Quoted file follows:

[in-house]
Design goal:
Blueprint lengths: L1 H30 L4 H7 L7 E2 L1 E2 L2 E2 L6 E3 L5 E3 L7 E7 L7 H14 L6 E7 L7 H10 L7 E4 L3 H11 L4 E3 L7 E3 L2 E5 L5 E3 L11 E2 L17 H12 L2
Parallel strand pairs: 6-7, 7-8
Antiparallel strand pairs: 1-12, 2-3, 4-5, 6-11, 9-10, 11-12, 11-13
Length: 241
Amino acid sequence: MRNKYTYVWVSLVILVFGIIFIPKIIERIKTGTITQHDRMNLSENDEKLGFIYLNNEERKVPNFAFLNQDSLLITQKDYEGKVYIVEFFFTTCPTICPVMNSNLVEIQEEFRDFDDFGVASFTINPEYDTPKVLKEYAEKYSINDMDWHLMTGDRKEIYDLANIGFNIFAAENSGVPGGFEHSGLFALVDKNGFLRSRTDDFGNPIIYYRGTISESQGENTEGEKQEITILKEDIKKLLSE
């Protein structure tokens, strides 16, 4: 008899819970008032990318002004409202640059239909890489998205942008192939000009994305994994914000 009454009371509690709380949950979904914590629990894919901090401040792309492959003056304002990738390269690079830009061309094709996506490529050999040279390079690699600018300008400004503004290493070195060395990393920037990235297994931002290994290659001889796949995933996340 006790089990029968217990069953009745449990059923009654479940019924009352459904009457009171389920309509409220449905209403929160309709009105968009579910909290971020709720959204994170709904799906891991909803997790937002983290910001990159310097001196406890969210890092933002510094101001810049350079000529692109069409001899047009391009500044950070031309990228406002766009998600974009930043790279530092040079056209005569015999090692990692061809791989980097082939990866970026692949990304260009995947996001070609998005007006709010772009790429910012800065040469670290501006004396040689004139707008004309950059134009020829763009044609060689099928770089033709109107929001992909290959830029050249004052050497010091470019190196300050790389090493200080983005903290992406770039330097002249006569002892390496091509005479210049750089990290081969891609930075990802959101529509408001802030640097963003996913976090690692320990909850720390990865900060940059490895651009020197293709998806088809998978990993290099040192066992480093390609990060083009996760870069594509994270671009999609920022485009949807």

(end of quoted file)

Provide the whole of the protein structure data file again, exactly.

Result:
[in-house]
Design goal:
Blueprint lengths: L1 H30 L4 H7 L7 E2 L1 E2 L2 E2 L6 E3 L5 E3 L7 E7 L7 H14 L6 E7 L7 H10 L7 E4 L3 H11 L4 E3 L7 E3 L2 E5 L5 E3 L11 E2 L17 H12 L2
Parallel strand pairs: 6-7, 7-8
Antiparallel strand pairs: 1-12, 2-3, 4-5, 6-11, 9-10, 11-12, 11-13
Length: 241
Amino acid sequence: MRNKYTYVWVSLVILVFGIIFIPKIIERIKTGTITQHDRMNLSENDEKLGFIYLNNEERKVPNFAFLNQDSLLITQKDYEGKVYIVEFFFTTCPTICPVMNSNLVEIQEEFRDFDDFGVASFTINPEYDTPKVLKEYAEKYSINDMDWHLMTGDRKEIYDLANIGFNIFAAENSGVPGGFEHSGLFALVDKNGFLRSRTDDFGNPIIYYRGTISESQGENTEGEKQEITILKEDIKKLLSE
């Protein structure tokens, strides 16, 4: 008899819970008032990318002004409202640059239909890489998205942008192939000009994305994994914000 009454009371509690709380949950979904914590629990894919901090401040792309492959003056304002990738390269690079830009061309094709996506490529050999040279390079690699600018300008400004503004290493070195060395990393920037990235297994931002290994290659001889796949995933996340 006790089990029968217990069953009745449990059923009654479940019924009352459904009457009171389920309509409220449905209403929160309709009105968009579910909290971020709720959204994170709904799906891991909803997790937002983290910001990159310097001196406890969210890092933002510094101001810049350079000529692109069409001899047009391009500044950070031309990228406002766009998600974009930043790279530092040079056209005569015999090692990692061809791989980097082939990866970026692949990304260009995947996001070609998005007006709010772009790429910012800065040469670290501006004396040689004139707008004309950059134009020829763009044609060689099928770089033709109107929001992909290959830029050249004052050497010091470019190196300050790389090493200080983005903290992406770039330097002249006569002892390496091509005479210049750089990290081969891609930075990802959101529509408001802030640097963003996913976090690692320990909850720390990865900060940059490895651009020197293709998806088809998978990993290099040192066992480093390609990060083009996760870069594509994270671009999609920022485009949807």